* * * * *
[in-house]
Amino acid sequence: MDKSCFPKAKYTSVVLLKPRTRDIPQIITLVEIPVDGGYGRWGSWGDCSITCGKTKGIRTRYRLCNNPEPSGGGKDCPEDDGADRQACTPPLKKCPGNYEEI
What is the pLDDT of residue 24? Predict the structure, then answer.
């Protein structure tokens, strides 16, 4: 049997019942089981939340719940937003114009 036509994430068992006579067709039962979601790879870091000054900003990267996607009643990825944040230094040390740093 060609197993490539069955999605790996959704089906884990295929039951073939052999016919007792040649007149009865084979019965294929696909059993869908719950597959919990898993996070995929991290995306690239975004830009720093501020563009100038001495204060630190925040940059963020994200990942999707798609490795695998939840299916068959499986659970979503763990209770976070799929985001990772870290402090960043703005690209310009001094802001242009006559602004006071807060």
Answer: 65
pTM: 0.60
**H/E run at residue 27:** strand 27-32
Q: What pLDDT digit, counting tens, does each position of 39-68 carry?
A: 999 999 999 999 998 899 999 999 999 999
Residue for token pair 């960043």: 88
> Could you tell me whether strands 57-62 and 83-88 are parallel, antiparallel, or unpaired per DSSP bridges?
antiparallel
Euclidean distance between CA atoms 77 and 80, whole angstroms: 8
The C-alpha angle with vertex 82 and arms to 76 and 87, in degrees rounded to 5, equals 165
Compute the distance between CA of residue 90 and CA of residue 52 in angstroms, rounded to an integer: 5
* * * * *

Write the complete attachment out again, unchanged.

[in-house]
Amino acid sequence: MDKSCFPKAKYTSVVLLKPRTRDIPQIITLVEIPVDGGYGRWGSWGDCSITCGKTKGIRTRYRLCNNPEPSGGGKDCPEDDGADRQACTPPLKKCPGNYEEI
What is the pLDDT of residue 24? Predict the structure, then answer.
């Protein structure tokens, strides 16, 4: 049997019942089981939340719940937003114009 036509994430068992006579067709039962979601790879870091000054900003990267996607009643990825944040230094040390740093 060609197993490539069955999605790996959704089906884990295929039951073939052999016919007792040649007149009865084979019965294929696909059993869908719950597959919990898993996070995929991290995306690239975004830009720093501020563009100038001495204060630190925040940059963020994200990942999707798609490795695998939840299916068959499986659970979503763990209770976070799929985001990772870290402090960043703005690209310009001094802001242009006559602004006071807060």
Answer: 65
pTM: 0.60
**H/E run at residue 27:** strand 27-32
Q: What pLDDT digit, counting tens, does each position of 39-68 carry?
A: 999 999 999 999 998 899 999 999 999 999
Residue for token pair 């960043």: 88
> Could you tell me whether strands 57-62 and 83-88 are parallel, antiparallel, or unpaired per DSSP bridges?
antiparallel
Euclidean distance between CA atoms 77 and 80, whole angstroms: 8
The C-alpha angle with vertex 82 and arms to 76 and 87, in degrees rounded to 5, equals 165
Compute the distance between CA of residue 90 and CA of residue 52 in angstroms, rounded to an integer: 5